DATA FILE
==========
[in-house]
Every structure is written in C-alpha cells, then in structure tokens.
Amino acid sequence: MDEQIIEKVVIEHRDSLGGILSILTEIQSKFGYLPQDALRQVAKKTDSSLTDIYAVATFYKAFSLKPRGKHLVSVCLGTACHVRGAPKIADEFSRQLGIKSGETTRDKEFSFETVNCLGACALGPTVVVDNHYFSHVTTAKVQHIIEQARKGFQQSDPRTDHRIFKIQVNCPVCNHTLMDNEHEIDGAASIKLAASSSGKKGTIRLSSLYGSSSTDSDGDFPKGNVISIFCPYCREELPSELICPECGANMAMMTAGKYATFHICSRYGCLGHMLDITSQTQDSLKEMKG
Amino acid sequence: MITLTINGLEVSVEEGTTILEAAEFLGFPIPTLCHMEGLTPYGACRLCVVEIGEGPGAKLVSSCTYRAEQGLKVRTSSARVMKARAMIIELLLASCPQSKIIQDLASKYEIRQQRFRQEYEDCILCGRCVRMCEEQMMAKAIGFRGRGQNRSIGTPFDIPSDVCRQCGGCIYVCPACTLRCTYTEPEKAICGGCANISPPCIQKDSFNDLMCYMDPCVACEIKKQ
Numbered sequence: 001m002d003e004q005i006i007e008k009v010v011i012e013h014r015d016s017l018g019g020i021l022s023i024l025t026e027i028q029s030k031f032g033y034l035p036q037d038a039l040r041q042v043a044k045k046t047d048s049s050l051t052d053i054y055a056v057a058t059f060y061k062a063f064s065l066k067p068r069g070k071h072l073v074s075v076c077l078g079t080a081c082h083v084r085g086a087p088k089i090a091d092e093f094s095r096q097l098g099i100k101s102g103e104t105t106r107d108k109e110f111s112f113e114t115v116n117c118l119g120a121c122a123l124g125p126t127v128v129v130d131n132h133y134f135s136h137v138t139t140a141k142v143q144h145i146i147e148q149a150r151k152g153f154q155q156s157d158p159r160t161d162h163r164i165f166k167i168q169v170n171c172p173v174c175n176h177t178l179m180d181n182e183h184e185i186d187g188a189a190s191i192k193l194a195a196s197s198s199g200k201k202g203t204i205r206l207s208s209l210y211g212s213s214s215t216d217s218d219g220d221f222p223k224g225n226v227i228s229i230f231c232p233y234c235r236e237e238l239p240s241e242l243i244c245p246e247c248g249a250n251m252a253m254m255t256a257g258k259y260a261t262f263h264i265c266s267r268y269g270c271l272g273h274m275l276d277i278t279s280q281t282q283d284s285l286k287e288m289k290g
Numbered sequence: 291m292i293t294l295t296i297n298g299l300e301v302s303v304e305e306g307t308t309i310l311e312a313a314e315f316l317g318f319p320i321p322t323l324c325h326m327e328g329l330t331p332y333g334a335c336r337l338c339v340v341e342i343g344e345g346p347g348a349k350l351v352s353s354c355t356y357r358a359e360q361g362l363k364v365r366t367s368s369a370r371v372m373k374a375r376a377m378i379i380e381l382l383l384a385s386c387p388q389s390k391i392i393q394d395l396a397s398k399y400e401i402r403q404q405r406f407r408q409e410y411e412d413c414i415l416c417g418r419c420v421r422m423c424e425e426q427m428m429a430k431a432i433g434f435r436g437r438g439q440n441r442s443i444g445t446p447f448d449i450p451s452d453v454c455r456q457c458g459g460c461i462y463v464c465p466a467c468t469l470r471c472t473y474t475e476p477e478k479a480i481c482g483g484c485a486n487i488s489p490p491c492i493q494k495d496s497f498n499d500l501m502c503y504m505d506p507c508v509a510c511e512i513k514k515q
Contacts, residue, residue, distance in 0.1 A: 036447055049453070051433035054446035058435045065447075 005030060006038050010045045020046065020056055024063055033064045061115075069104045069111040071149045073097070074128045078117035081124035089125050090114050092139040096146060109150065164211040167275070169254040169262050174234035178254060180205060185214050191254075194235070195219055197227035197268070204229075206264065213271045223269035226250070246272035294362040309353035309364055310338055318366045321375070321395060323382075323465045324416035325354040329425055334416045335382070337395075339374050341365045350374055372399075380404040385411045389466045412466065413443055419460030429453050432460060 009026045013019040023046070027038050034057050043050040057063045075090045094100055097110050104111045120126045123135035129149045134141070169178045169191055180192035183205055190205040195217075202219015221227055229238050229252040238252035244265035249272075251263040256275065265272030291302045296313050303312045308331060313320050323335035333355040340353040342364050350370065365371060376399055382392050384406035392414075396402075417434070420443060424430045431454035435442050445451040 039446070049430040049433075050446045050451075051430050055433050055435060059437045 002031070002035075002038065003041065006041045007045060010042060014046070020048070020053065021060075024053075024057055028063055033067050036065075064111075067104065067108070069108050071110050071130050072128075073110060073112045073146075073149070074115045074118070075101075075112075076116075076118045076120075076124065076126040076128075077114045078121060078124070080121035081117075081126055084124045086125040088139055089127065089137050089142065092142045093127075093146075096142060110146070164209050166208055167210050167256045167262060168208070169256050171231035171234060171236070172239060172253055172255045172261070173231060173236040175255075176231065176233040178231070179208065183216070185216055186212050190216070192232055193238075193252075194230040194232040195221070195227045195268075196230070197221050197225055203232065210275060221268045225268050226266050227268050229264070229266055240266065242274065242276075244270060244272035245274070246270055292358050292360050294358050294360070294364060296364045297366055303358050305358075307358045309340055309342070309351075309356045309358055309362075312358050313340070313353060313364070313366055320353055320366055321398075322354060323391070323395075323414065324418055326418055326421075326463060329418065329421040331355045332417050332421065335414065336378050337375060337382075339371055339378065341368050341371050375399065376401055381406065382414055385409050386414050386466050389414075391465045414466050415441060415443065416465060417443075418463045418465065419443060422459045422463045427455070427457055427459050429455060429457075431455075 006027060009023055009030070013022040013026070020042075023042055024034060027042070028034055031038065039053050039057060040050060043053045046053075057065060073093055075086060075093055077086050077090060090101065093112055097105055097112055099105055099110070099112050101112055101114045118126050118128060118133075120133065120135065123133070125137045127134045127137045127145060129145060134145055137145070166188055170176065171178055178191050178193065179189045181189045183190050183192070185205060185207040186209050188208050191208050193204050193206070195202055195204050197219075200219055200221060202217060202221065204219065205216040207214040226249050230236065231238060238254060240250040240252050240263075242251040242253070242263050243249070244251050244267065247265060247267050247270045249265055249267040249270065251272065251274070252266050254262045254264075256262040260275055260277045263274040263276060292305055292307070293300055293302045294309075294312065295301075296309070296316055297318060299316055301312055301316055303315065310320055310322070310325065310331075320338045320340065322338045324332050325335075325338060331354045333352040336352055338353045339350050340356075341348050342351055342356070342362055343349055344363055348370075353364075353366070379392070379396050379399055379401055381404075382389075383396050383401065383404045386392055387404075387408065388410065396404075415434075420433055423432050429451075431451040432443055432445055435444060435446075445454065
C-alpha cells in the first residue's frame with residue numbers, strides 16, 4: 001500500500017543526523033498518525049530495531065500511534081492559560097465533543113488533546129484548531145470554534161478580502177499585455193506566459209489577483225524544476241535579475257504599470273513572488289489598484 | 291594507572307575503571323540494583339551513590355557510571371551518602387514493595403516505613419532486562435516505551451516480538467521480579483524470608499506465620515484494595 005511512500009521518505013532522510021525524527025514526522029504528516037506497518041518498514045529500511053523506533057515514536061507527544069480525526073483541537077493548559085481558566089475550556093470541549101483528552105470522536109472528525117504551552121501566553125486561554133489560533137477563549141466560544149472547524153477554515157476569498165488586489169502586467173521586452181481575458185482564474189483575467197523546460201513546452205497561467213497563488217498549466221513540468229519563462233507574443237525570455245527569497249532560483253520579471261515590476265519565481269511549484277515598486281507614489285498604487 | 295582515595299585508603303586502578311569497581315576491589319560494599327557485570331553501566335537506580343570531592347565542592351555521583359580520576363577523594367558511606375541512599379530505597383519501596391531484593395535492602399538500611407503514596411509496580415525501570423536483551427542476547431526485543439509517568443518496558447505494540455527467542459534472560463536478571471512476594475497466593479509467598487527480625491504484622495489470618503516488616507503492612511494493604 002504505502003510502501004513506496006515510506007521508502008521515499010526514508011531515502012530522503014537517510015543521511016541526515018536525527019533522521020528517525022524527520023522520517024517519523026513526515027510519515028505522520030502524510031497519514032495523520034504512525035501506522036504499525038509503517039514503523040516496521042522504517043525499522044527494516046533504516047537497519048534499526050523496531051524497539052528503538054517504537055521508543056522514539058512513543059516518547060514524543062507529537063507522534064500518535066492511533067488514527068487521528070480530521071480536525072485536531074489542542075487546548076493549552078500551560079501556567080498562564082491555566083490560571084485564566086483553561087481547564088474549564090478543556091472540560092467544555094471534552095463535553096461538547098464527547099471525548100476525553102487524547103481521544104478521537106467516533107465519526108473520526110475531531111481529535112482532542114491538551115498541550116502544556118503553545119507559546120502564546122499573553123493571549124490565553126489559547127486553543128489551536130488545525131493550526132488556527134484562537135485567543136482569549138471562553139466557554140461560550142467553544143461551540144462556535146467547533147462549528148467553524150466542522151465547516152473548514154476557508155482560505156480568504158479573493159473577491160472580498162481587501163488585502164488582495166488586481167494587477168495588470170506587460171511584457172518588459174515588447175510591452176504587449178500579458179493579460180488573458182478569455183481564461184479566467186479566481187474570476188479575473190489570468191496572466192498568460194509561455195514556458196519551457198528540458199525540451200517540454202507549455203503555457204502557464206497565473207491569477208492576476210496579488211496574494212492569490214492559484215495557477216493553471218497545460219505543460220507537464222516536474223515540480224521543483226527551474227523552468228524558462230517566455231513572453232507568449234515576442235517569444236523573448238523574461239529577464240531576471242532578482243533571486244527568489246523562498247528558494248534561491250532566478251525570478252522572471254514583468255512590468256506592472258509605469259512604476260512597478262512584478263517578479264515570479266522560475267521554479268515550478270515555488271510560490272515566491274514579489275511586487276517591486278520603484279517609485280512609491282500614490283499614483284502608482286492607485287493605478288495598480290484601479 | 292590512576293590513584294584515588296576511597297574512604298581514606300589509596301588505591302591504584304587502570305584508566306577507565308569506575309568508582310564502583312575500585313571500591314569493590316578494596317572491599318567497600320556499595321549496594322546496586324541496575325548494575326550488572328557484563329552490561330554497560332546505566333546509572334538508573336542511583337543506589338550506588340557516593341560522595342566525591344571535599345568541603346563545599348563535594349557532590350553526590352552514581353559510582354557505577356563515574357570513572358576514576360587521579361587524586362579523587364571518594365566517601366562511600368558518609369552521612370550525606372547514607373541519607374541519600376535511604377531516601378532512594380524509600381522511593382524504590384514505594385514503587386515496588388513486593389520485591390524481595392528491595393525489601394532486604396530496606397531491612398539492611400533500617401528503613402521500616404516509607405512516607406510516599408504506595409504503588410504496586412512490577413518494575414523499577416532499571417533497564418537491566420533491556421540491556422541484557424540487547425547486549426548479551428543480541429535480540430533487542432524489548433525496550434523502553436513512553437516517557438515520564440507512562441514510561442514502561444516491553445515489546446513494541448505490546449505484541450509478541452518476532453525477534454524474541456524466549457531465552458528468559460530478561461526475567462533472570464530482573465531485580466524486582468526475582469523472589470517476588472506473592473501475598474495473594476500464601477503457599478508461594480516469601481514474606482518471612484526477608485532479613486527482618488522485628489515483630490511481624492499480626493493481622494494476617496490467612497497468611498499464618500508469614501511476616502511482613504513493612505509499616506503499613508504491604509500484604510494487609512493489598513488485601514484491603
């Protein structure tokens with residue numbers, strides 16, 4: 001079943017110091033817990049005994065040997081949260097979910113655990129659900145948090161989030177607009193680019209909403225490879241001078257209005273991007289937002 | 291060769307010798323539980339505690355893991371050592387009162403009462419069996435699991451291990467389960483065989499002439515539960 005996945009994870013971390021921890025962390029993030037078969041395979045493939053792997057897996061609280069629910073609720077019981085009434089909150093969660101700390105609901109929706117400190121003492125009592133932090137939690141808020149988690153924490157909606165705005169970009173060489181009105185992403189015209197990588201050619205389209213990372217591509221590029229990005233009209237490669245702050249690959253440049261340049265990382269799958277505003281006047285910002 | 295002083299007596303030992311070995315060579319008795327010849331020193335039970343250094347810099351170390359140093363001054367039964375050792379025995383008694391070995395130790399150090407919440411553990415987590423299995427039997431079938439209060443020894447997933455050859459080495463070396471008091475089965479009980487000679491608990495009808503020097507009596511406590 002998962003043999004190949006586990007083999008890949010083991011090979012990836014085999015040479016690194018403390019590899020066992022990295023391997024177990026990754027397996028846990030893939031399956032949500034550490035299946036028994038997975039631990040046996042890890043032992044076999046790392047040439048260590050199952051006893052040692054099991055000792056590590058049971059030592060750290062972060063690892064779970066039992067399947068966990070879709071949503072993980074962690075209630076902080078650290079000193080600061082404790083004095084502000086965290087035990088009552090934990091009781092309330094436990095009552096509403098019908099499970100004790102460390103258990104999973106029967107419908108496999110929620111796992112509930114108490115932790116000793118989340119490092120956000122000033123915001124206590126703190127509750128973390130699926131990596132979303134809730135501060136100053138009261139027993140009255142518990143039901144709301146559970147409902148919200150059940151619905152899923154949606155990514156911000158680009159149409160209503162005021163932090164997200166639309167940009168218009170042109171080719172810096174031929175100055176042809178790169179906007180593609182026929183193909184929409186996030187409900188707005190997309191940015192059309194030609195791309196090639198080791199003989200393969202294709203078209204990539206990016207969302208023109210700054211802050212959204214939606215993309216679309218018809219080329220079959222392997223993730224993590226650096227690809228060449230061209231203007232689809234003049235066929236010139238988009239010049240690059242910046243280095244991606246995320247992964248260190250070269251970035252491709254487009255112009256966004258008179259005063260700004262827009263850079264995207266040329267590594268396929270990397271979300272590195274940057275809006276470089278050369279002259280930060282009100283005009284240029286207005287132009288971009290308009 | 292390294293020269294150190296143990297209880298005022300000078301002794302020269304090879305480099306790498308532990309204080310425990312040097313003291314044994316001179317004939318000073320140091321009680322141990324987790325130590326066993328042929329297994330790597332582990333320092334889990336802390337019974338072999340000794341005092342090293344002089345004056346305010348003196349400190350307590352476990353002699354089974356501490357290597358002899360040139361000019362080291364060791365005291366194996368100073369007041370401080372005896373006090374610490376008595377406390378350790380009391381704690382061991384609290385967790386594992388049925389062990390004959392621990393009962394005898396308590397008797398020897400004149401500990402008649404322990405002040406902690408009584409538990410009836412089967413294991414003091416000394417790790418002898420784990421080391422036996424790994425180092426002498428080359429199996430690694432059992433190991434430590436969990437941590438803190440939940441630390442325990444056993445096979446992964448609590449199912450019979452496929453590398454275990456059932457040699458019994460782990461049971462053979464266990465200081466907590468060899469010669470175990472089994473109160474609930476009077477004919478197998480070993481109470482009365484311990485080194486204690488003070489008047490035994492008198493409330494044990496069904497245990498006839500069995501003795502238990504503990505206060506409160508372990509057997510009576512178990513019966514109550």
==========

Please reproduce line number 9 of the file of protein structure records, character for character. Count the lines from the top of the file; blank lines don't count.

């Protein structure tokens with residue numbers, strides 16, 4: 001079943017110091033817990049005994065040997081949260097979910113655990129659900145948090161989030177607009193680019209909403225490879241001078257209005273991007289937002 | 291060769307010798323539980339505690355893991371050592387009162403009462419069996435699991451291990467389960483065989499002439515539960 005996945009994870013971390021921890025962390029993030037078969041395979045493939053792997057897996061609280069629910073609720077019981085009434089909150093969660101700390105609901109929706117400190121003492125009592133932090137939690141808020149988690153924490157909606165705005169970009173060489181009105185992403189015209197990588201050619205389209213990372217591509221590029229990005233009209237490669245702050249690959253440049261340049265990382269799958277505003281006047285910002 | 295002083299007596303030992311070995315060579319008795327010849331020193335039970343250094347810099351170390359140093363001054367039964375050792379025995383008694391070995395130790399150090407919440411553990415987590423299995427039997431079938439209060443020894447997933455050859459080495463070396471008091475089965479009980487000679491608990495009808503020097507009596511406590 002998962003043999004190949006586990007083999008890949010083991011090979012990836014085999015040479016690194018403390019590899020066992022990295023391997024177990026990754027397996028846990030893939031399956032949500034550490035299946036028994038997975039631990040046996042890890043032992044076999046790392047040439048260590050199952051006893052040692054099991055000792056590590058049971059030592060750290062972060063690892064779970066039992067399947068966990070879709071949503072993980074962690075209630076902080078650290079000193080600061082404790083004095084502000086965290087035990088009552090934990091009781092309330094436990095009552096509403098019908099499970100004790102460390103258990104999973106029967107419908108496999110929620111796992112509930114108490115932790116000793118989340119490092120956000122000033123915001124206590126703190127509750128973390130699926131990596132979303134809730135501060136100053138009261139027993140009255142518990143039901144709301146559970147409902148919200150059940151619905152899923154949606155990514156911000158680009159149409160209503162005021163932090164997200166639309167940009168218009170042109171080719172810096174031929175100055176042809178790169179906007180593609182026929183193909184929409186996030187409900188707005190997309191940015192059309194030609195791309196090639198080791199003989200393969202294709203078209204990539206990016207969302208023109210700054211802050212959204214939606215993309216679309218018809219080329220079959222392997223993730224993590226650096227690809228060449230061209231203007232689809234003049235066929236010139238988009239010049240690059242910046243280095244991606246995320247992964248260190250070269251970035252491709254487009255112009256966004258008179259005063260700004262827009263850079264995207266040329267590594268396929270990397271979300272590195274940057275809006276470089278050369279002259280930060282009100283005009284240029286207005287132009288971009290308009 | 292390294293020269294150190296143990297209880298005022300000078301002794302020269304090879305480099306790498308532990309204080310425990312040097313003291314044994316001179317004939318000073320140091321009680322141990324987790325130590326066993328042929329297994330790597332582990333320092334889990336802390337019974338072999340000794341005092342090293344002089345004056346305010348003196349400190350307590352476990353002699354089974356501490357290597358002899360040139361000019362080291364060791365005291366194996368100073369007041370401080372005896373006090374610490376008595377406390378350790380009391381704690382061991384609290385967790386594992388049925389062990390004959392621990393009962394005898396308590397008797398020897400004149401500990402008649404322990405002040406902690408009584409538990410009836412089967413294991414003091416000394417790790418002898420784990421080391422036996424790994425180092426002498428080359429199996430690694432059992433190991434430590436969990437941590438803190440939940441630390442325990444056993445096979446992964448609590449199912450019979452496929453590398454275990456059932457040699458019994460782990461049971462053979464266990465200081466907590468060899469010669470175990472089994473109160474609930476009077477004919478197998480070993481109470482009365484311990485080194486204690488003070489008047490035994492008198493409330494044990496069904497245990498006839500069995501003795502238990504503990505206060506409160508372990509057997510009576512178990513019966514109550």